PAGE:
Please fill in all required fields.

Road Trip Learning Games

Apr 10

Road Trip Learning Games
 

Spring is in the air and you’re probably all ready for a road trip with the kids, right? Before you pack the suitcases, the kids, and the sunscreen into the car, make sure you have a plan for keeping the kiddos entertained during the long hours on the road. Because there’s nothing worse than hearing that dreaded phrase “Are we there yet?”

Except maybe the click, click, click of an electronic handheld game. In small doses, electronic games can be a fun way to pass some time, but when the batteries are dying or you just want your child to actually learn something, other games are available.

It won’t take long before your carload of young travelers is over the thrill of the open road and ready for some engaging games to keep them occupied — and help them brush up on essential skills, such as memory, creativity, reading, observation, storytelling, and more.

Category Games

To start, pick a topic, such as “items you’d find at a grocery store” or “types of cars.” Stick with topics your children know well. Then, take turns calling out an answer. Continue the rounds until someone is stumped and can’t come up with an answer within five or ten seconds. For the next topic, that person has to sit out, and so on until you have a winner.

Variations on this game include calling out answers in alphabetic sequence. For example, with the grocery store topic, the first person might say “apple” and the next person would say “banana.” To include memorization skills, you can have each person say the previous answers in sequence before adding his own, such as “apple, banana, cat food.”

Storytelling Games

Encourage creativity and imagination during your road trip by playing a storytelling game. One way to play is to pick groups in passing cars and take turns making up a story about who they are and where they’re going.

Another variation is to take turns making up a story one line at a time. If your child is old enough, you can require that the last word of each line rhymes with the previous line. To continue the fun, record the story so you can transcribe it later. Have your kids draw pictures to accompany the story and you’ll end up with your own family storybook.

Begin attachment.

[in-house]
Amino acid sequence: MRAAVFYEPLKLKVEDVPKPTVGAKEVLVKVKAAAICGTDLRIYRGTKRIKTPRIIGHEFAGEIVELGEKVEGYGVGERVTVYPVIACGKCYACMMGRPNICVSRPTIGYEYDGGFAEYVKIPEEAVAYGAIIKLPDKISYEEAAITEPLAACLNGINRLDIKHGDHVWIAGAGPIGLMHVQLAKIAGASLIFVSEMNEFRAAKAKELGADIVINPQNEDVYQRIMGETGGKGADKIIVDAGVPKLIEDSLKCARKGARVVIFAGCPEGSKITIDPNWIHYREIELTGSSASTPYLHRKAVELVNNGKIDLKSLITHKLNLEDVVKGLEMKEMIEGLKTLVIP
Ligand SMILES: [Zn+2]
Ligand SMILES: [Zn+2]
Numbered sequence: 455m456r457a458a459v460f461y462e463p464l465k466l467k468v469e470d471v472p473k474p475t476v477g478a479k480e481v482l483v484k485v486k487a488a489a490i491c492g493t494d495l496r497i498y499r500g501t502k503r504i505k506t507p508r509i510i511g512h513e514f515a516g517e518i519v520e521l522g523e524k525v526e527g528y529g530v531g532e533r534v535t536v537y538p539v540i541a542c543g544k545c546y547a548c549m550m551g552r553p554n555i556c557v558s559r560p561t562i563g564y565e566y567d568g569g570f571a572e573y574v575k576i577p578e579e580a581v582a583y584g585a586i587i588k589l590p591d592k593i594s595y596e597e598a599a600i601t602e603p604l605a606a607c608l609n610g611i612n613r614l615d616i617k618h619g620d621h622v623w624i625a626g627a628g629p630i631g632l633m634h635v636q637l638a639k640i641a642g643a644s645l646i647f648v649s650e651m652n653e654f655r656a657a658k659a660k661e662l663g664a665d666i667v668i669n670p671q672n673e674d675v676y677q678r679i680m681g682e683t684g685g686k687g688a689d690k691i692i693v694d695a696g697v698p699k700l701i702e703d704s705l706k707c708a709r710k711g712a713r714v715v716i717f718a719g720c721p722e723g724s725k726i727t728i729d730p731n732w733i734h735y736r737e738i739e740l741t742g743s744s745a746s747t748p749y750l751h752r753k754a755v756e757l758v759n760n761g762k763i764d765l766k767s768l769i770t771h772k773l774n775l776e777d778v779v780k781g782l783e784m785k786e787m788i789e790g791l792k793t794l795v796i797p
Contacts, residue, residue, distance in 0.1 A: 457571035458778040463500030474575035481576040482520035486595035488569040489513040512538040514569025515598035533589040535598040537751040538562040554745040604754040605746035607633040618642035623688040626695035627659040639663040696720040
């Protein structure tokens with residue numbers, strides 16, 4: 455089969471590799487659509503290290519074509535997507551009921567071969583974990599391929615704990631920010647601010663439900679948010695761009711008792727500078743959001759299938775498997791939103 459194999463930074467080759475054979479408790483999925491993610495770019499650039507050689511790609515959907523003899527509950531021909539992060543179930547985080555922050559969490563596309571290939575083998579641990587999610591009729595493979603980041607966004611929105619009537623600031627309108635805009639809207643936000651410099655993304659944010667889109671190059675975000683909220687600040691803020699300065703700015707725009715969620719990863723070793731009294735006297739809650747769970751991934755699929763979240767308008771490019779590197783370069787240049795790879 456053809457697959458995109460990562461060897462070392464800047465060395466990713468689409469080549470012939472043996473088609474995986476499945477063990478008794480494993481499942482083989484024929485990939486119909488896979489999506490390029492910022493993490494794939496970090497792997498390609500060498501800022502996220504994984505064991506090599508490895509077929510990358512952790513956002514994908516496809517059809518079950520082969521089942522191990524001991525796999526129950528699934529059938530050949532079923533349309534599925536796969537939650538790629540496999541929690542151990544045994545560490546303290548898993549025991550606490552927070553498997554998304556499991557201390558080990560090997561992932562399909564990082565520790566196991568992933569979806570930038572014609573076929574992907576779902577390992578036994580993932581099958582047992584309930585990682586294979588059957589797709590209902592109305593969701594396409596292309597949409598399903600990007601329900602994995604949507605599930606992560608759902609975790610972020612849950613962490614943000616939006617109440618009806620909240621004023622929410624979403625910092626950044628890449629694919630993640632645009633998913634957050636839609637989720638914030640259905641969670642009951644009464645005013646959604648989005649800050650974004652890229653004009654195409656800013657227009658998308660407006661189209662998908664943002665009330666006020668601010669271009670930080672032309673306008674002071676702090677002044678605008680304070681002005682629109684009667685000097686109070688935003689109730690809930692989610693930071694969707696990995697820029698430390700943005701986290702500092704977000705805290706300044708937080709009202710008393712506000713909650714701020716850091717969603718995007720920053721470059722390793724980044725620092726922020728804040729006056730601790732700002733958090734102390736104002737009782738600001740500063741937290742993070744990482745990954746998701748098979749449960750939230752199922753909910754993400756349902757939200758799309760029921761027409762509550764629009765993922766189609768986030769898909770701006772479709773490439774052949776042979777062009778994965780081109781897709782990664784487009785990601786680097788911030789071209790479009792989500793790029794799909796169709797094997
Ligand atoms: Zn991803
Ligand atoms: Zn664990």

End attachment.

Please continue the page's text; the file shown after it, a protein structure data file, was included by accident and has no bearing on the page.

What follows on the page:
Observation Games

While the classic license plate game is always an option, there are plenty of other fun games you can play to help your child to build observation skills. If you’ve got time before your trip, a little preparation can go a long way to creating a fun travel-themed game of Bingo for the car.

Start by gathering pictures of common objects you see on the road, such as cows, stop signs, rivers, airplanes, semi trucks, and more. You can draw the pictures, cut them out of magazines, or print clip art — whatever works for you, as long as all the pictures are roughly the same size. Arrange the pictures on a square piece of paper divided into boxes, either three by three or four by four. To play, distribute the homemade bingo cards and a sheet of stickers, which won’t slide around like Bingo chips. Whenever you or your child observes an item on your respective cards, put a sticker in that box. The first one to get a Bingo wins.

And the Winner Is…

For all of these games, small prizes are a great way to keep things fun and exciting. Before your trip, stock a grab bag with trinkets, stickers, coloring books, your child’s favorite snack, or money. You can also give away homemade cards that offer vacation bonuses, such as extra time at the hotel pool, a later bed time, or extra tokens at the boardwalk.

With any luck, these games will keep your kids so entertained they’ll forget that this vacation isn’t just about the journey.

Interested in Geography tutoring services? Learn more about how we are assisting thousands of students each academic year.

SchoolTutoring Academy is the premier educational services company for K-12 and college students. We offer tutoring programs for students in K-12, AP classes, and college. To learn more about how we help parents and students in Philadelphia, PA visit: Tutoring in Saskatoon, Saskatchewan